“Should we allow celebrities to discuss politics?” goes one variation on an evergreen headline and supposedly legitimate public debate. No amount of public disapproval could have stopped some of the most outspoken public figures, and we’d be the worse off for it in many cases. Muhammad Ali, John Lennon, Nina Simone, George Carlin, Roger Waters, Margaret Cho, and, yes, Meryl Streep—millions of people have been very grateful (and many not) for these artists’ political commentary. When it comes to scientists, however, we tend to see more baseless accusations of political speech than overwhelming evidence of it.
But there have been those few scientists and philosophers who were also celebrities, and who made their political views well-known without reservation. Bertrand Russell was such a person, as was Albert Einstein, who took up the causes of world peace and of racial justice in the post-war years. As we’ve previously noted, Einstein’s commitments were both philanthropic and activist, and he formed close friendships with Paul Robeson, W.E.B. Du Bois, Marian Anderson, and other prominent black leaders.
Einstein also co-chaired an anti-lynching campaign and issued a scathing condemnation of racism during a speech he gave in 1946 at the alma mater of Langston Hughes and Thurgood Marshall in which he called racism “a disease of white people.” That same year, notes On Being’s executive editor Trent Gilliss, Einstein “penned one of his most articulate and eloquent essays advocating for the civil rights of black people in America.” Titled “The Negro Question” and published in the January 1946 edition of Pageant magazine, the essay, writes Gilliss, “was intended to address a primarily white readership.”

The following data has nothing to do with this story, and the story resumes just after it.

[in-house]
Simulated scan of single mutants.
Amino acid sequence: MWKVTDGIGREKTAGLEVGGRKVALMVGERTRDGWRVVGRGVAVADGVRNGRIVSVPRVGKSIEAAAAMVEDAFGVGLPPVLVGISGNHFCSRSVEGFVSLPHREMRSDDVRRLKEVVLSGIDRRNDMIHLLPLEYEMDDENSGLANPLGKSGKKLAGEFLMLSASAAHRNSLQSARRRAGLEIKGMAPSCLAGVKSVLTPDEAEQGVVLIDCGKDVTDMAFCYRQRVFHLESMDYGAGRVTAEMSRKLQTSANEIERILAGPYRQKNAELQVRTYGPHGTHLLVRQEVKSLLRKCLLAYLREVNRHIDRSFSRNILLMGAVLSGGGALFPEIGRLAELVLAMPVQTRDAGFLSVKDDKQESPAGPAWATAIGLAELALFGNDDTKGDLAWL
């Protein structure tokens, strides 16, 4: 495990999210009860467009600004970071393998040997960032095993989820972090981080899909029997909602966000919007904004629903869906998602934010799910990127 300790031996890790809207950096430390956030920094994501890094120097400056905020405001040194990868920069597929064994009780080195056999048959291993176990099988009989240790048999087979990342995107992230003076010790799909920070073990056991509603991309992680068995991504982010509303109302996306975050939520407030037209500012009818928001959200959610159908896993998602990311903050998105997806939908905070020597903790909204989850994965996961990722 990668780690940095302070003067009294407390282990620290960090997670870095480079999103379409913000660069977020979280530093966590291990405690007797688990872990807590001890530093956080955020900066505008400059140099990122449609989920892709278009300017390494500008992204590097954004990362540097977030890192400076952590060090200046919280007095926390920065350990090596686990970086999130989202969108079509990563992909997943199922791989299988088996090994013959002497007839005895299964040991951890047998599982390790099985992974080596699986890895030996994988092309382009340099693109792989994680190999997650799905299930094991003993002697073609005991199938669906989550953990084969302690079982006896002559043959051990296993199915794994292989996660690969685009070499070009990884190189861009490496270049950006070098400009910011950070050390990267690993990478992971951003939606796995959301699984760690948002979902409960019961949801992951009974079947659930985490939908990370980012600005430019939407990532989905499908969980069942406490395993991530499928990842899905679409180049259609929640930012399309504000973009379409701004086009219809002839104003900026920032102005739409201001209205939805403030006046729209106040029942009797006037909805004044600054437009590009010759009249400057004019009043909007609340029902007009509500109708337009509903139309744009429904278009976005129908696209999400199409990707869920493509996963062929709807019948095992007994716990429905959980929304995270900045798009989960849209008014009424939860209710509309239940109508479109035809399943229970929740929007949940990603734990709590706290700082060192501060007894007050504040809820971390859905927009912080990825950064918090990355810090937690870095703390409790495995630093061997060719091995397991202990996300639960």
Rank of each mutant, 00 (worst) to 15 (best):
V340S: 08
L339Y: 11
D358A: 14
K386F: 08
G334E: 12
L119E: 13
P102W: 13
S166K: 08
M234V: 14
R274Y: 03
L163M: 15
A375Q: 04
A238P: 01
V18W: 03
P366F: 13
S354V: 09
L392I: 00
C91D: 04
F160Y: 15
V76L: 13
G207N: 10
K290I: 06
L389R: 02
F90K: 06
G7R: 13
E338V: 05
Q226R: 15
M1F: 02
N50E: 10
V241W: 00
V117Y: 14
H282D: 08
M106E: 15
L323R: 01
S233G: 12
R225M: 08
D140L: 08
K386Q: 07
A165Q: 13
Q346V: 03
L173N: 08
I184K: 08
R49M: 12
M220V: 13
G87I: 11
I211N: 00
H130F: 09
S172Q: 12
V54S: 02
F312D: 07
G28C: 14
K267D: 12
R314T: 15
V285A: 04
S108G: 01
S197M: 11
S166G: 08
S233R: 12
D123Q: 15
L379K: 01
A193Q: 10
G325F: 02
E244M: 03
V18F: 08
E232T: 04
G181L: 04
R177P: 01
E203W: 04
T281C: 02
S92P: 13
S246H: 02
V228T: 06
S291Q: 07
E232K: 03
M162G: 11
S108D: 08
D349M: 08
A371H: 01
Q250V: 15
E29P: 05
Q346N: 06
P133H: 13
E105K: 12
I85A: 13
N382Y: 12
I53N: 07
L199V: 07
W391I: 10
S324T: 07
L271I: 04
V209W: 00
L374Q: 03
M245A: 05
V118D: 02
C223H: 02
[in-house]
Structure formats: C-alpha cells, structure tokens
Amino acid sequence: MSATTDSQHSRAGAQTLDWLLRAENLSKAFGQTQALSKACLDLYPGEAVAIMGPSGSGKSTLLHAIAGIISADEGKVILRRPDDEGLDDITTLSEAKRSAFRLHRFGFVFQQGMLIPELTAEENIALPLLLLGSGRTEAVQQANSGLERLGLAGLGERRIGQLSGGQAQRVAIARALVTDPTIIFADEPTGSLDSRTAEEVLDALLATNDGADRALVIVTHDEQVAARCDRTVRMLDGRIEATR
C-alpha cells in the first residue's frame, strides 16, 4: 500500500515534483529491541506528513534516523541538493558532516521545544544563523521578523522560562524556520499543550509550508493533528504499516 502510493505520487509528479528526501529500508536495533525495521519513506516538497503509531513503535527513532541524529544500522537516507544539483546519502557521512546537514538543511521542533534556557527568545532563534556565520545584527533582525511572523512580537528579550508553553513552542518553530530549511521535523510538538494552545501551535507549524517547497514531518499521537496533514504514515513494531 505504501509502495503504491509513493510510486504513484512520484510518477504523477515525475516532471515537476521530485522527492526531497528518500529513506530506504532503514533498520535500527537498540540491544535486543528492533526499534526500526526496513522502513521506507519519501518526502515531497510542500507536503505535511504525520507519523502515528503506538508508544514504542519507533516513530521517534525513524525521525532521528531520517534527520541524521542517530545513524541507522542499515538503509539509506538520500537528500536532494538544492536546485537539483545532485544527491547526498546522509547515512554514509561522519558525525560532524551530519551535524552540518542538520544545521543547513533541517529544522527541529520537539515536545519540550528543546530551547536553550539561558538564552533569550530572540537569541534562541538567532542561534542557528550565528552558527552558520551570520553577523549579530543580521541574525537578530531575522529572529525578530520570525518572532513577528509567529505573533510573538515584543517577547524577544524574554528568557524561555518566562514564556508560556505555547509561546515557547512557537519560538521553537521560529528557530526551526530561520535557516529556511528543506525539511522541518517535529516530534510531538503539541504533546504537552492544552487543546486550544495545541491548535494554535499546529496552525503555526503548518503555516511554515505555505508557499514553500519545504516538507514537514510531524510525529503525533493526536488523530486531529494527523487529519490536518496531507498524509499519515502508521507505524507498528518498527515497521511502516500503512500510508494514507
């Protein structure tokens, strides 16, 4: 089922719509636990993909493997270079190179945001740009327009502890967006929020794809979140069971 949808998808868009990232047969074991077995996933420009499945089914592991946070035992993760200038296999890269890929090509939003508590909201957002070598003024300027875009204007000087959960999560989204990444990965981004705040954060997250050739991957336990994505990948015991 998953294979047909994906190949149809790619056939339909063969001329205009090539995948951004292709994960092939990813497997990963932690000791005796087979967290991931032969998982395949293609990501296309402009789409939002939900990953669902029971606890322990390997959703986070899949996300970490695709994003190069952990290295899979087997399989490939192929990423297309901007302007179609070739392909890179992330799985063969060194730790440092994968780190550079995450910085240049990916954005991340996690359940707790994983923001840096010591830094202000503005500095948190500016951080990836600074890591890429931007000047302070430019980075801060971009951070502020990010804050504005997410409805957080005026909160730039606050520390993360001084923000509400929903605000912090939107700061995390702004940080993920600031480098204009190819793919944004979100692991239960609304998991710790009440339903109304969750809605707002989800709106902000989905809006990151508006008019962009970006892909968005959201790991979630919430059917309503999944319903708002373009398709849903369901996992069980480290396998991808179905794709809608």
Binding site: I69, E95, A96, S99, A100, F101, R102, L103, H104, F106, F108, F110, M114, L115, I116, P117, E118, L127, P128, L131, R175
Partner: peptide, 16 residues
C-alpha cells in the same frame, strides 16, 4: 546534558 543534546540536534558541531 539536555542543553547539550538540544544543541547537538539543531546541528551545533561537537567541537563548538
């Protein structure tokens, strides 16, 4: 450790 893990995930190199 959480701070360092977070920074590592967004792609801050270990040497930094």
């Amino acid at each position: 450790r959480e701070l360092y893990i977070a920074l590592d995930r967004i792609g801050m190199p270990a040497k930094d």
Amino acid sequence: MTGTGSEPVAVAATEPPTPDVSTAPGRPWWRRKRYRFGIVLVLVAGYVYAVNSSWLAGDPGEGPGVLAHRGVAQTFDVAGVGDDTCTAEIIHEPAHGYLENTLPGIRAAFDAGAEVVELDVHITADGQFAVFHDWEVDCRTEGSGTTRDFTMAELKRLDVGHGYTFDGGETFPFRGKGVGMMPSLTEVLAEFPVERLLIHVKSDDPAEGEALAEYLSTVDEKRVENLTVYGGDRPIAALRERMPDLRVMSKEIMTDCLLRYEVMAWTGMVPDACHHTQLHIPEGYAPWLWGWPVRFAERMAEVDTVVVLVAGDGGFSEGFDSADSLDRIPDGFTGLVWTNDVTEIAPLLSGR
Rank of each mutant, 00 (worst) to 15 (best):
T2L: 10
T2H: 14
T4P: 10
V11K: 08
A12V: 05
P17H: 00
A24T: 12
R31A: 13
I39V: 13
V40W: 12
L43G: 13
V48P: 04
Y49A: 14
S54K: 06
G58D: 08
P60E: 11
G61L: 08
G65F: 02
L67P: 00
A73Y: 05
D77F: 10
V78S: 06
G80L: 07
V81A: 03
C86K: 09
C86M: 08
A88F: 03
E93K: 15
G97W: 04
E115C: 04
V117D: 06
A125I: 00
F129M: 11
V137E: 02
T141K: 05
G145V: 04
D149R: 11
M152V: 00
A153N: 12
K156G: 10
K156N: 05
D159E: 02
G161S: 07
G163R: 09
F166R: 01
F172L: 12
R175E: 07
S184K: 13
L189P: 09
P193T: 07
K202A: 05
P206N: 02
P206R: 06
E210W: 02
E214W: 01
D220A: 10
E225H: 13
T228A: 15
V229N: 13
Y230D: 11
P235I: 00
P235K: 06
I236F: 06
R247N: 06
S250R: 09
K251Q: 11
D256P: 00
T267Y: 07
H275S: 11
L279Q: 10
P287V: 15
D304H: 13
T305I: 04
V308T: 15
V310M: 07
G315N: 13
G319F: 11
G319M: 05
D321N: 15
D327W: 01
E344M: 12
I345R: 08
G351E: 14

Einstein begins by answering the inevitable objection, “What right has he to speak about things which concern us alone, and which no newcomer should touch?” To this, the famed physicist answers, “I do not think such a standpoint is justified.” Einstein believed he had a unique perspective: “One who has grown up in an environment takes much for granted. On the other hand, one who has come to this country as a mature person may have a keen eye for everything peculiar and characteristic.” Speaking freely about his observations, Einstein felt “he may perhaps prove himself useful.”
Then, after praising the country’s “democratic trait” and its citizens’ “healthy self-confidence and natural respect for the dignity of one’s fellow-man,” he plainly observes that this “sense of equality and human dignity is mainly limited to men of white skins.” Anticipating a casually racist defense of “natural” differences, Einstein replies:
I am firmly convinced that whoever believes this suffers from a fatal misconception. Your ancestors dragged these black people from their homes by force; and in the white man’s quest for wealth and an easy life they have been ruthlessly suppressed and exploited, degraded into slavery. The modern prejudice against Negroes is the result of the desire to maintain this unworthy condition.
The ancient Greeks also had slaves. They were not Negroes but white men who had been taken captive in war. There could be no talk of racial differences. And yet Aristotle, one of the great Greek philosophers, declared slaves inferior beings who were justly subdued and deprived of their liberty. It is clear that he was enmeshed in a traditional prejudice from which, despite his extraordinary intellect, he could not free himself.
Like the ancient Greeks, Americans’ prejudices are “conditioned by opinions and emotions which we unconsciously absorb as children from our environment.” And racist attitudes are both causes and effects of economic exploitation, learned behaviors that emerge from historical circumstances, yet we “rarely reflect” how powerful the influence of tradition is “upon our conduct and convictions.” The situation can be remedied, Einstein believed, though not “quickly healed.” The “man of good will,” he wrote, “must have the courage to set an example by word and deed, and must watch lest his children become influenced by this racial bias.”